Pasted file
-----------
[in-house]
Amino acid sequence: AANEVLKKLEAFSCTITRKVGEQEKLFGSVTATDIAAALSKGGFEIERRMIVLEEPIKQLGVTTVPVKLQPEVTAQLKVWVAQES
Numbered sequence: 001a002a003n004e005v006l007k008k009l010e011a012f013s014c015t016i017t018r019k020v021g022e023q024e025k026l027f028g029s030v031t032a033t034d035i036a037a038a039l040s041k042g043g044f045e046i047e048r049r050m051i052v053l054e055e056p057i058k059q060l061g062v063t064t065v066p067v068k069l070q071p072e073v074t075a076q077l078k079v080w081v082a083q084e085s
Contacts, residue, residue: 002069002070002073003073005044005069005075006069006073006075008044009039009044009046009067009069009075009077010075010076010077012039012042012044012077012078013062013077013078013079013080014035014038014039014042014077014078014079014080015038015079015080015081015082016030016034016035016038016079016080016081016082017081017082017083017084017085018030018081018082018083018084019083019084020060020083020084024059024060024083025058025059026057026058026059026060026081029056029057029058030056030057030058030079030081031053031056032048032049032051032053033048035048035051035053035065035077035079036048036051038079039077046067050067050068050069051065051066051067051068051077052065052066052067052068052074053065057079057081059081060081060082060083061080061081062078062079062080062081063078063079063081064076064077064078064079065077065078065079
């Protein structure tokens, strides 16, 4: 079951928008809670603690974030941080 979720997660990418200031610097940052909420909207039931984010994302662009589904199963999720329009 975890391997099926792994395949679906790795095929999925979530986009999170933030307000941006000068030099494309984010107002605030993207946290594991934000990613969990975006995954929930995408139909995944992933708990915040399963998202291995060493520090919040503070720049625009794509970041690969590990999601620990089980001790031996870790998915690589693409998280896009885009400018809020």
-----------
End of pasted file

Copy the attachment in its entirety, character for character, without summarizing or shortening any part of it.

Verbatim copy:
[in-house]
Amino acid sequence: AANEVLKKLEAFSCTITRKVGEQEKLFGSVTATDIAAALSKGGFEIERRMIVLEEPIKQLGVTTVPVKLQPEVTAQLKVWVAQES
Numbered sequence: 001a002a003n004e005v006l007k008k009l010e011a012f013s014c015t016i017t018r019k020v021g022e023q024e025k026l027f028g029s030v031t032a033t034d035i036a037a038a039l040s041k042g043g044f045e046i047e048r049r050m051i052v053l054e055e056p057i058k059q060l061g062v063t064t065v066p067v068k069l070q071p072e073v074t075a076q077l078k079v080w081v082a083q084e085s
Contacts, residue, residue: 002069002070002073003073005044005069005075006069006073006075008044009039009044009046009067009069009075009077010075010076010077012039012042012044012077012078013062013077013078013079013080014035014038014039014042014077014078014079014080015038015079015080015081015082016030016034016035016038016079016080016081016082017081017082017083017084017085018030018081018082018083018084019083019084020060020083020084024059024060024083025058025059026057026058026059026060026081029056029057029058030056030057030058030079030081031053031056032048032049032051032053033048035048035051035053035065035077035079036048036051038079039077046067050067050068050069051065051066051067051068051077052065052066052067052068052074053065057079057081059081060081060082060083061080061081062078062079062080062081063078063079063081064076064077064078064079065077065078065079
């Protein structure tokens, strides 16, 4: 079951928008809670603690974030941080 979720997660990418200031610097940052909420909207039931984010994302662009589904199963999720329009 975890391997099926792994395949679906790795095929999925979530986009999170933030307000941006000068030099494309984010107002605030993207946290594991934000990613969990975006995954929930995408139909995944992933708990915040399963998202291995060493520090919040503070720049625009794509970041690969590990999601620990089980001790031996870790998915690589693409998280896009885009400018809020």